The best thing about the Vision for Space Exploration is that it is not just a Bush Administration idea: some Democrats such as Nick Lampson, who is running for Tom DeLay’s old seat, and Sen. Barbara Milkulski are supporting the idea. For Democrats like them, as for many Republicans, the fact that no human being has gone beyond low Earth orbit (LEO) since 1972 is disgraceful. Going back to the Moon and building a permanent base there is a first step towards the colonization of the solar system.

The plan to retire the shuttle and develop and build hardware that will take humans to the ISS, the Moon, and perhaps in the long term to Mars is based on a realistic estimate of what the nation is willing to pay for. NASA consumes less that one percent of the federal budget, and that is not going to change. We can either spend that money to go back to the Moon or we can spend it to keep going in circles.

Finally, the Eagle attacks Bush for refusing to “consider any kind of multilateral action, in concert with other nations of the world.” The refusal to enter into international agreements just for the sake of having something to sign has been one of the best aspects of this administration’s policy, both on the civilian and military sides. Like its predecessors, it has refused to rule out the deployment and use of American space weapons. Large, expensive, defenseless spy satellites in LEO are tempting targets. They are going to need protection, both passive and active, in the near future. Space is already a theater of war, and thus it is only prudent that the US be prepared to fight and prevail there, just as it does on land, air, and sea.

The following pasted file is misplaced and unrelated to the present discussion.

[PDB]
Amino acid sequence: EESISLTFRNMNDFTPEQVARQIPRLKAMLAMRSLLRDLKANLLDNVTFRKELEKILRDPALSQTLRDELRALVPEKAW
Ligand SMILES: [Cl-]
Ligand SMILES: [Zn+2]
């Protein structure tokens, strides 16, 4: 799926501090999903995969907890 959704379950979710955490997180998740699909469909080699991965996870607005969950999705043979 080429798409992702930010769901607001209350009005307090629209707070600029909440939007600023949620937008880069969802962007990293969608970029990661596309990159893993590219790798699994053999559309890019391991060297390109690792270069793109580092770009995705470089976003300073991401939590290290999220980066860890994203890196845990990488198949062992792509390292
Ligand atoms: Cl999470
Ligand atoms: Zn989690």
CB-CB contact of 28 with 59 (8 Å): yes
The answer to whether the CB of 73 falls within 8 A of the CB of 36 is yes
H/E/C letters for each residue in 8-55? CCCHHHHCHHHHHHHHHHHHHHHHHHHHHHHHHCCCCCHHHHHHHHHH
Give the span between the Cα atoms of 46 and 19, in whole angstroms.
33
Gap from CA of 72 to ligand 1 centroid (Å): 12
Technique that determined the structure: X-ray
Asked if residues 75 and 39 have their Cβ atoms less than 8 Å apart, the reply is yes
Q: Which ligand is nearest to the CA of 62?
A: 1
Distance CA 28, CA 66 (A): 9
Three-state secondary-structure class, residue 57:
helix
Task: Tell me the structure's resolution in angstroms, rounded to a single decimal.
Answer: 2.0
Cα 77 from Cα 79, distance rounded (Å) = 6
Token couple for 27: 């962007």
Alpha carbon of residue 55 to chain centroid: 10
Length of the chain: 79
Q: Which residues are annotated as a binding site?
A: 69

In other areas, this administration has negotiated hardheaded agreements with Europe on their new Galileo satellite navigation system and it has forged a new and promising civil space relationship with India. In spite of the Columbia disaster, it has worked hard to keep America’s commitments to its ISS partners. The US has maintained a high level of international scientific cooperation, such as providing Europeans with access to the Deep Space Network for communications with their Rosetta comet probe. Yet, as NASA administrator Mike Griffin recently explained to an international conference, he has stopped paying serious attention to foreign governments whose primary interests were in “helping NASA to spend its money.” It is not part of NASA’s function to help grow the aerospace industries of other nations, and it’s nice to see leaders who remember that.